Title:  Orbital Debris Cleanup and Reuse



Source & Date

Al Globus, San Jose State University Research Foundation, NASA Ames Research Center  

aglobus@mail.arc.nasa.gov   15 August 2010




There are large quantities of human-created debris in LEO (Low Earth Orbit) and MEO (Medium Earth Orbit).  This debris field has destroyed at least one functioning satellite and forces frequent evasive maneuvers by the International Space Station and other satellites.  Collisions between existing debris particles will increase the total number of particles faster than they will be removed by atmospheric drag.  In other words, there is a slow-motion chain reaction in progress degrading our ability to use many earth orbits.


The debris field includes thousands of intact satellites and upper stages with significant mass, as well as smaller particles.  Collisions between the large items is a major hazard as collisions between them generates many thousands of smaller particles, as occurred in the recent destruction of an Iridium satellite by an abandoned Soviet-era upper stage.  




The TP has the following assignment: 

1)   Define a plausible robust system controlling the orbit of the large debris items. 

2)         Perform a trade study comparing deorbiting these particles vs. using them for orbital hotel construction, particularly radiation shielding.

3)         Determine the conditions necessary for profitable business plans for both options.

4)         Determine if current law allows such operations or, if not, propose appropriate modifications.

5)         Determine the consequences of failing to clean up orbital debris.



Expected level of involvement by department area


                              Business                         Life                             Policy                       Physical                    Satellite                    Systems                      Space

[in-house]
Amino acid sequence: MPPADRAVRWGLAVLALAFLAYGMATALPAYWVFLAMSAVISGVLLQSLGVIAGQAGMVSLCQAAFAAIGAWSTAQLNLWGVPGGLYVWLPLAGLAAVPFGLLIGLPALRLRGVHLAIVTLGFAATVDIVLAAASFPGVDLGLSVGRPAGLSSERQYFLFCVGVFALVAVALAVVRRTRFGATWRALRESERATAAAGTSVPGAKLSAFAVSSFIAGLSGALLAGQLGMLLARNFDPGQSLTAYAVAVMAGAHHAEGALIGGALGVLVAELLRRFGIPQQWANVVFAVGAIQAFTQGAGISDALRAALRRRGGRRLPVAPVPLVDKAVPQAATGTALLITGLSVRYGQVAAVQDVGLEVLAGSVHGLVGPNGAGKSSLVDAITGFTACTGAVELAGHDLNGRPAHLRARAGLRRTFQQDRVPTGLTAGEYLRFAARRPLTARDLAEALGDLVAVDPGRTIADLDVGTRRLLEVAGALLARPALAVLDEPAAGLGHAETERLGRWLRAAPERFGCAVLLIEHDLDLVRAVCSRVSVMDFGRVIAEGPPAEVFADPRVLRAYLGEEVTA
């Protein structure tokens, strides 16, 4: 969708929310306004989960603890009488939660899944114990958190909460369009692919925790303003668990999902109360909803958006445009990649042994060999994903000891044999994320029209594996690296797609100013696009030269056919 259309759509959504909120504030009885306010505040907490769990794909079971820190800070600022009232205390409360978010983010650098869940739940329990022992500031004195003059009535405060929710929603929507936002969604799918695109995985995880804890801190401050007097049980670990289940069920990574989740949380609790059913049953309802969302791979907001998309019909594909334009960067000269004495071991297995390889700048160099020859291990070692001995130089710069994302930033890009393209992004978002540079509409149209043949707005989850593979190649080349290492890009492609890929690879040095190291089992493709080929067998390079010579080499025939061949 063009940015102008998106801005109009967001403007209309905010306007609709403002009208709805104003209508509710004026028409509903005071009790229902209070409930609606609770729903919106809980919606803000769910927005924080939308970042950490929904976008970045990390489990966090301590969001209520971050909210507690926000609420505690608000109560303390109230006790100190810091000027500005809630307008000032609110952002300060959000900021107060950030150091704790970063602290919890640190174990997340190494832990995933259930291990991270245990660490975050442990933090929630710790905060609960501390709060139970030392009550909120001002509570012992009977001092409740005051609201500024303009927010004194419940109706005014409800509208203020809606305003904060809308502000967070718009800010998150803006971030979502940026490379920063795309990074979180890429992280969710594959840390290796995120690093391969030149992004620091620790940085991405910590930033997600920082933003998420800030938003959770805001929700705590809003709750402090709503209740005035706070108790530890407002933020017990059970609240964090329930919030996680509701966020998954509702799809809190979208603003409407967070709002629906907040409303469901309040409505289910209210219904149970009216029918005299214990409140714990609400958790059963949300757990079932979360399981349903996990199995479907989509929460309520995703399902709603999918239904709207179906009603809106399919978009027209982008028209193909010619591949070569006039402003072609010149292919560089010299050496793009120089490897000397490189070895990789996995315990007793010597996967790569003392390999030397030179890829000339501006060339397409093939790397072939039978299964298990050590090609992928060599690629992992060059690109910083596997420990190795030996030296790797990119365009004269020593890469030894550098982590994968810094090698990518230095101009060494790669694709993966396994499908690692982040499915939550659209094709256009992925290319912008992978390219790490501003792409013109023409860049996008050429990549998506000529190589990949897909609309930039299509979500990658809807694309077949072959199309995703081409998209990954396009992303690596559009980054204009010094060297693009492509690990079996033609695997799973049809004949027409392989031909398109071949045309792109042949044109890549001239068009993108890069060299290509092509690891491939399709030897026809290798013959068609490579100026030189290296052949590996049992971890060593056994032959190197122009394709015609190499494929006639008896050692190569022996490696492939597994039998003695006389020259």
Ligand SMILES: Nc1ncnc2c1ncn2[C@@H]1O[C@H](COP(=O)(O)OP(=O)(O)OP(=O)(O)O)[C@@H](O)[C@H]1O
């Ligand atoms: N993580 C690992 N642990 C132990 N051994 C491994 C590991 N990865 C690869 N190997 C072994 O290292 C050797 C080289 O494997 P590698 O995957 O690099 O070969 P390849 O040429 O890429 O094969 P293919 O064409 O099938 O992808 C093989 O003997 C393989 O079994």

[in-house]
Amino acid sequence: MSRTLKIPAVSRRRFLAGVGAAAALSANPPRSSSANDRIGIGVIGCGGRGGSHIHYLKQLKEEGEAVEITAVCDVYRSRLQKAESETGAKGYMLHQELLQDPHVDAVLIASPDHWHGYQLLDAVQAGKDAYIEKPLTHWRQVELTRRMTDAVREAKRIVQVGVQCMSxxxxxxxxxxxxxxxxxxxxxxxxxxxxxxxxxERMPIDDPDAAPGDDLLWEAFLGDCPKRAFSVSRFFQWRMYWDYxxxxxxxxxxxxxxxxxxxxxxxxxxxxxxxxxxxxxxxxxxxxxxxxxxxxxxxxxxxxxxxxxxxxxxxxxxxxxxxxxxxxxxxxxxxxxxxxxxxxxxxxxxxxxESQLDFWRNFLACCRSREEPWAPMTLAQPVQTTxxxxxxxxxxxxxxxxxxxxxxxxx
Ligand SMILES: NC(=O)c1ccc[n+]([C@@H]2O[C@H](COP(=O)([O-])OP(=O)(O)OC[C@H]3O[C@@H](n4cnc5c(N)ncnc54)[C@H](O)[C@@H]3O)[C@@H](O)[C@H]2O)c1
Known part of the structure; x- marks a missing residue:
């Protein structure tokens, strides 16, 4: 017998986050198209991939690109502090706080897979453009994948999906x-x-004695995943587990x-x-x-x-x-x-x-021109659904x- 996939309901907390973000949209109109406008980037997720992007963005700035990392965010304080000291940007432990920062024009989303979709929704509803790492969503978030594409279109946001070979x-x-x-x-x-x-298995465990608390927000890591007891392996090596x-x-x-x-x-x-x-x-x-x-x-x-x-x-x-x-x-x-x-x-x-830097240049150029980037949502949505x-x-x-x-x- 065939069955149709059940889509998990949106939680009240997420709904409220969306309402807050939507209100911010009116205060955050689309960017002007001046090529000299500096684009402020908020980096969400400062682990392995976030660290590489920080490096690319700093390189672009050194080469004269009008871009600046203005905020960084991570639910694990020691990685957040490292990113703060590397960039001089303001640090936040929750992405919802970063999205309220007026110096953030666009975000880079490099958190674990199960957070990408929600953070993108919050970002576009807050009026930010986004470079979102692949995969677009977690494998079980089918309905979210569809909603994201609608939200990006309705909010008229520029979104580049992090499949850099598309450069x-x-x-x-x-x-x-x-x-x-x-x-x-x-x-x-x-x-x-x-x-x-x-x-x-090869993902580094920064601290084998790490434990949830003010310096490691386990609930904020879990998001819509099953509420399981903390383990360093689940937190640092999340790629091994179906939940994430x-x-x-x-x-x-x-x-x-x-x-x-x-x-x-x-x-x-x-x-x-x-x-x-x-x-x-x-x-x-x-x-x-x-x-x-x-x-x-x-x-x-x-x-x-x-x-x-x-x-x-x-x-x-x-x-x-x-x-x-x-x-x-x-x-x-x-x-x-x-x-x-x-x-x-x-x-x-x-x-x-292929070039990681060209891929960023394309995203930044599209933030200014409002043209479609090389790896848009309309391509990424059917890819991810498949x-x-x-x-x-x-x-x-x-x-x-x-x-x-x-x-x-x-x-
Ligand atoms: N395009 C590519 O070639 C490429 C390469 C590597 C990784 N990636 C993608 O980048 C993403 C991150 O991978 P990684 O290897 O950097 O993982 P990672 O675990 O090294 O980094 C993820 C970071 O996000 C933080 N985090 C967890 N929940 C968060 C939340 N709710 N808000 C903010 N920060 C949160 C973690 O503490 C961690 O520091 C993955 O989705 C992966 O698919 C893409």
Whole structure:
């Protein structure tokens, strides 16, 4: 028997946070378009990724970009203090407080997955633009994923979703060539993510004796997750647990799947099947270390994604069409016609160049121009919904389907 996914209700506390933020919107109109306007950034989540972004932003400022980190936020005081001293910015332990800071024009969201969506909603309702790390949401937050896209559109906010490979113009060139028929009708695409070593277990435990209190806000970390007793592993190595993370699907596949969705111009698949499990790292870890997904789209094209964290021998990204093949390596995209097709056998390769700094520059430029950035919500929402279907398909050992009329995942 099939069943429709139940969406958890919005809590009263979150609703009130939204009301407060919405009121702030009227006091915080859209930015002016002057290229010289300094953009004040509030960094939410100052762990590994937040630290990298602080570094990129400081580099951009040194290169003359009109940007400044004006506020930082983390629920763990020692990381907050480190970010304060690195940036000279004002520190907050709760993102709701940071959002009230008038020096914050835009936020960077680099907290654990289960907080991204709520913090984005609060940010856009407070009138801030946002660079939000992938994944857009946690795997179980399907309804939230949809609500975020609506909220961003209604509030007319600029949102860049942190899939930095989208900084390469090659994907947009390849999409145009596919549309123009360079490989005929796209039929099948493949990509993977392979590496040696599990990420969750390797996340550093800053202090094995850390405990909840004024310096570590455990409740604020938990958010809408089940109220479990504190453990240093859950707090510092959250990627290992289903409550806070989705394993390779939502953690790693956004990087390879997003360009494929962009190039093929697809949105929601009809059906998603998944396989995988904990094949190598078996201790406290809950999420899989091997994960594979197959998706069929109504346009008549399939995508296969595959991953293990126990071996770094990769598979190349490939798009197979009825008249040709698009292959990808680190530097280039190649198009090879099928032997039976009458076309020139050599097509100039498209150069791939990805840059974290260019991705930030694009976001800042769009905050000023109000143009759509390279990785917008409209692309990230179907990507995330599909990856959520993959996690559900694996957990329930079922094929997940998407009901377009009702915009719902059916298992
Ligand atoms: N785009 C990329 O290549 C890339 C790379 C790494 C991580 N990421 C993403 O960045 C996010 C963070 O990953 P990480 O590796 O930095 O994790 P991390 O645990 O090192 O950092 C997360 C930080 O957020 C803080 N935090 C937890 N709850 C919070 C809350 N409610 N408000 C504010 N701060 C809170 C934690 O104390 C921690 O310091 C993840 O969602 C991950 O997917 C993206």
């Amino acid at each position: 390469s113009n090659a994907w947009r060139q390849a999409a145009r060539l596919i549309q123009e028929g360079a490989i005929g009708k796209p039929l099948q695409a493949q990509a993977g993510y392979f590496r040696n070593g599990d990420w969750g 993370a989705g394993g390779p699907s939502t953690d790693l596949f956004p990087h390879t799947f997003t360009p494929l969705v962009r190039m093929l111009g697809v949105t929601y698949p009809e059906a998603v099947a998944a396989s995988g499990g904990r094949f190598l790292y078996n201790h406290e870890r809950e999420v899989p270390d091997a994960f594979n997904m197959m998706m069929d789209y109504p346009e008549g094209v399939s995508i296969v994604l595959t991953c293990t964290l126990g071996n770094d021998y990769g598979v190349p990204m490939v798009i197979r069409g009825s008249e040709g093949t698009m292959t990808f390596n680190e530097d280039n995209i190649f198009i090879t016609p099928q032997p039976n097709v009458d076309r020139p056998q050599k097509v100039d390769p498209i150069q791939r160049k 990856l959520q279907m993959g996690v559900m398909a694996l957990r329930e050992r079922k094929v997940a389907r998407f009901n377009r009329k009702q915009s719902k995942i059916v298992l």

Management              Science                       & Law                       Science               Applications          Engineering             & Society

Major                    X                                      X                                      X                                      X                                      X                                      X                                      X



Brief explanation of expected involvement by department area

 Space Business & Management:    There are some conditions that could make these activities profitable, but itŐs not clear what these are. The TP is intended to illuminate them.                               

 Space Life Sciences:                                         To what degree can the mass of the debris enhance the safety of orbital hotels when used as shielding or higher-value components.                                             

 Space Policy & Law:                                          Current law is almost certainly not conducive to debris cleanup as the launching country is responsible and, thus, would need to give permission for cleanup.

 Space Physical Sciences:                         Efficient collection of large orbital debris is a significant orbital change problem.     

 Satellite Applications:                                       This is a satellite application.            

 Space Systems Engineering:                Defining the two systems requires determining mechanism for orbital changes, fleet size, time horizons and so forth.  In the orbital hotel case, use of debris is potentially a system driver.

 Space & Society:                                                     The utility of the space environment is being degraded by debris, and this degradation is certain to continue without action.  The potential loss of use for some orbits may have a significant societal impact, particularly with regard to earth-monitoring satellites.         




Window of Opportunity

This proposed TP is viable for the foreseeable future.




This proposed TP is likely to enjoy broad support aerospace professionals for whom the space environment is critical as well as from the general public with an interest in space tourism.